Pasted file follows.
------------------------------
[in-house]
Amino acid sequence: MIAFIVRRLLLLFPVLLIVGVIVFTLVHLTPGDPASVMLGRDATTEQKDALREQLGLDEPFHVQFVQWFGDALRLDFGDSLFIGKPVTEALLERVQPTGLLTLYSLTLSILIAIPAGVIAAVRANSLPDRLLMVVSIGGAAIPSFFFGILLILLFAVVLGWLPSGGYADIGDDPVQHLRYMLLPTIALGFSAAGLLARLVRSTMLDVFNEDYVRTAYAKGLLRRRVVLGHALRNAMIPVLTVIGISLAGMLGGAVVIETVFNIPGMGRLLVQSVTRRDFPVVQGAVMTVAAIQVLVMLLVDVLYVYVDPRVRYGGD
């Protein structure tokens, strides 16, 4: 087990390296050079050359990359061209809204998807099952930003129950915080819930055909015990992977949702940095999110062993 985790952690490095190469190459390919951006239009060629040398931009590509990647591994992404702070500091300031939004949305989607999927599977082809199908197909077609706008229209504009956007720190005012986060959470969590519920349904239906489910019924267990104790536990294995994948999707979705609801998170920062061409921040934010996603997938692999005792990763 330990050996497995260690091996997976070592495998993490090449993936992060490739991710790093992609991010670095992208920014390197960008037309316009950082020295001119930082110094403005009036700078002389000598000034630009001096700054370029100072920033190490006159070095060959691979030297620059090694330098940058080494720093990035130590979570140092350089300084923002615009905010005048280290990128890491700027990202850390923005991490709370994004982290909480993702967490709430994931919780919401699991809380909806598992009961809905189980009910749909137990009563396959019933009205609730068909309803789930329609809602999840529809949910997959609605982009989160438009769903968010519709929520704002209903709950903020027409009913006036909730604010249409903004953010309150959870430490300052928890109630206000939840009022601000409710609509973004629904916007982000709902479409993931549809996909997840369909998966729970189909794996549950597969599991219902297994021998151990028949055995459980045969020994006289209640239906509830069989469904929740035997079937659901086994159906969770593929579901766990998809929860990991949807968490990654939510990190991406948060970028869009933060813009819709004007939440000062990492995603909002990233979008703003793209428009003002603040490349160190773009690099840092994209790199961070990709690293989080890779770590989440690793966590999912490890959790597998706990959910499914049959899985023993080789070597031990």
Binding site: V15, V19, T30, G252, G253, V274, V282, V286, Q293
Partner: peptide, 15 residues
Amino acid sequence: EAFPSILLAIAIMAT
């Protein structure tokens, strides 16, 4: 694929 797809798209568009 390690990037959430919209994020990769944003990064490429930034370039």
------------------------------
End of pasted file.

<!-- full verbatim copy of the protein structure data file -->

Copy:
[in-house]
Amino acid sequence: MIAFIVRRLLLLFPVLLIVGVIVFTLVHLTPGDPASVMLGRDATTEQKDALREQLGLDEPFHVQFVQWFGDALRLDFGDSLFIGKPVTEALLERVQPTGLLTLYSLTLSILIAIPAGVIAAVRANSLPDRLLMVVSIGGAAIPSFFFGILLILLFAVVLGWLPSGGYADIGDDPVQHLRYMLLPTIALGFSAAGLLARLVRSTMLDVFNEDYVRTAYAKGLLRRRVVLGHALRNAMIPVLTVIGISLAGMLGGAVVIETVFNIPGMGRLLVQSVTRRDFPVVQGAVMTVAAIQVLVMLLVDVLYVYVDPRVRYGGD
């Protein structure tokens, strides 16, 4: 087990390296050079050359990359061209809204998807099952930003129950915080819930055909015990992977949702940095999110062993 985790952690490095190469190459390919951006239009060629040398931009590509990647591994992404702070500091300031939004949305989607999927599977082809199908197909077609706008229209504009956007720190005012986060959470969590519920349904239906489910019924267990104790536990294995994948999707979705609801998170920062061409921040934010996603997938692999005792990763 330990050996497995260690091996997976070592495998993490090449993936992060490739991710790093992609991010670095992208920014390197960008037309316009950082020295001119930082110094403005009036700078002389000598000034630009001096700054370029100072920033190490006159070095060959691979030297620059090694330098940058080494720093990035130590979570140092350089300084923002615009905010005048280290990128890491700027990202850390923005991490709370994004982290909480993702967490709430994931919780919401699991809380909806598992009961809905189980009910749909137990009563396959019933009205609730068909309803789930329609809602999840529809949910997959609605982009989160438009769903968010519709929520704002209903709950903020027409009913006036909730604010249409903004953010309150959870430490300052928890109630206000939840009022601000409710609509973004629904916007982000709902479409993931549809996909997840369909998966729970189909794996549950597969599991219902297994021998151990028949055995459980045969020994006289209640239906509830069989469904929740035997079937659901086994159906969770593929579901766990998809929860990991949807968490990654939510990190991406948060970028869009933060813009819709004007939440000062990492995603909002990233979008703003793209428009003002603040490349160190773009690099840092994209790199961070990709690293989080890779770590989440690793966590999912490890959790597998706990959910499914049959899985023993080789070597031990």
Binding site: V15, V19, T30, G252, G253, V274, V282, V286, Q293
Partner: peptide, 15 residues
Amino acid sequence: EAFPSILLAIAIMAT
């Protein structure tokens, strides 16, 4: 694929 797809798209568009 390690990037959430919209994020990769944003990064490429930034370039």